Recently, I came across a truly bizarre article in The Guardian.
The headline ‘Teach three-year-olds about sex and fertility, say experts’ was surely meant to be shocking, with the column going on to say that with fertility rates decreasing from the late 20s onwards, we need to teach our kids about sex and fertility before primary school, to avoid problems later on.
According to Professor Joyce Harper “We need to start at primary school … maybe even younger,” because the majority of young people are getting their “information on fertility from the internet, their friends and family and social media.”
Of course, I do think it’s important that from an early age children start using the correct terms for their genitalia and understanding sex and sexuality. But do they really need to start worrying about their fertility?
Do young children really need to be taught about sex and fertility before primary school, to avoid problems later in life? Image via iStock.
Nonetheless, this wasn't actually my largest gripe with the article. I was more annoyed by the discussion of the role of schools and formal 'sex education' in discussing fertility with children. Because lately I've become acutely aware of the responsibility we place upon teachers and schools to raise our kids.
Just in the last few days, these are some of the headlines I've come across.
'Primary school teachers need to embrace their role as counsellors and carve out better personalities for their students.'
'Is teaching kids empathy just as important as teaching them math?'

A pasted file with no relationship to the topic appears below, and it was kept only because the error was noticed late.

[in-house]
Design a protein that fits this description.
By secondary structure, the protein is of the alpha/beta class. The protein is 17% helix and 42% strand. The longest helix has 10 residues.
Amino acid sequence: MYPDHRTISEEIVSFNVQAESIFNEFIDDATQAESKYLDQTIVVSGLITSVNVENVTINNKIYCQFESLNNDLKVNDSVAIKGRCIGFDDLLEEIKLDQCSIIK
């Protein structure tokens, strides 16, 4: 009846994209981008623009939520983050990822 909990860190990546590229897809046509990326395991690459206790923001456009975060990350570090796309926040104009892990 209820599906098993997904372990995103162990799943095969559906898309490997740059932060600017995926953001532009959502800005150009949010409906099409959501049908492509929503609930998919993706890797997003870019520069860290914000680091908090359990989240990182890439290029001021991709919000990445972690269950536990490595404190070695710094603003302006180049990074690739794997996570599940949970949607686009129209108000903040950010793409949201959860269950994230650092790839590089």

'Should politics be taught in public schools?'
'Why teaching kids about taxes in high school is a smart idea.'
In an ideal world, all these initiatives would be great. Of course it would be excellent for all students to receive an impeccably well-rounded education that prepares them for fully-fledged adulthood once they leave school.
But surely it's unrealistic and unfair to expect teachers to act as the solution for each and every social problem. It's incredibly easy to chant for 'better education' in response to national anxieties about the obesity epidemic, or high rates of sexual assault, or increasing mental health issues. What's harder is to think outside the box, about feasible, effective and holistic strategies to deal with these issues.
On the one hand, I'm sure these pressures have gone some way towards improving our education system. Life skills are increasingly being taught in schools, and I'm sure they'll continue to be. But on the other hand, this way of thinking allows teachers to become the scapegoat when anything goes wrong.
We want to fit more and more into the school curriculum, without considering the already enormous pressures placed upon teachers to deliver a 'whole-person' experience of learning. Image via iStock.
And it's especially frustrating when the criticisms leveled at teachers comes most often from people who have never set foot in a classroom.
*cough* journalists and politicians *cough*
People who have never had to adjust lesson plans and resources for a student who is visually impaired. People who have never had to generate interest in times tables or Shakespeare or ancient history. People who have never had to resolve conflicts that occur over platforms they've never heard of before, like askFM and kik.
Watch teachers reveal the most ridiculous things parents have said to them. Post continues after video.
We want to fit more and more into the school curriculum, without considering the already enormous pressures placed upon teachers to deliver a 'whole-person' experience of learning.
So when we recognise a social problem, perhaps we need to take a second to pause and reflect before chanting that the solution is 'better education in schools!'
As a parent, could you be doing more? As a policy maker, could you be doing more? As a politician, could you be doing more? As a community, could we be doing more? Not all education needs to come from school, and not all lessons need to come from teachers. We all have a responsibility when it comes to raising the younger generations, and part of that is being supportive of, rather than demanding more from, their teachers.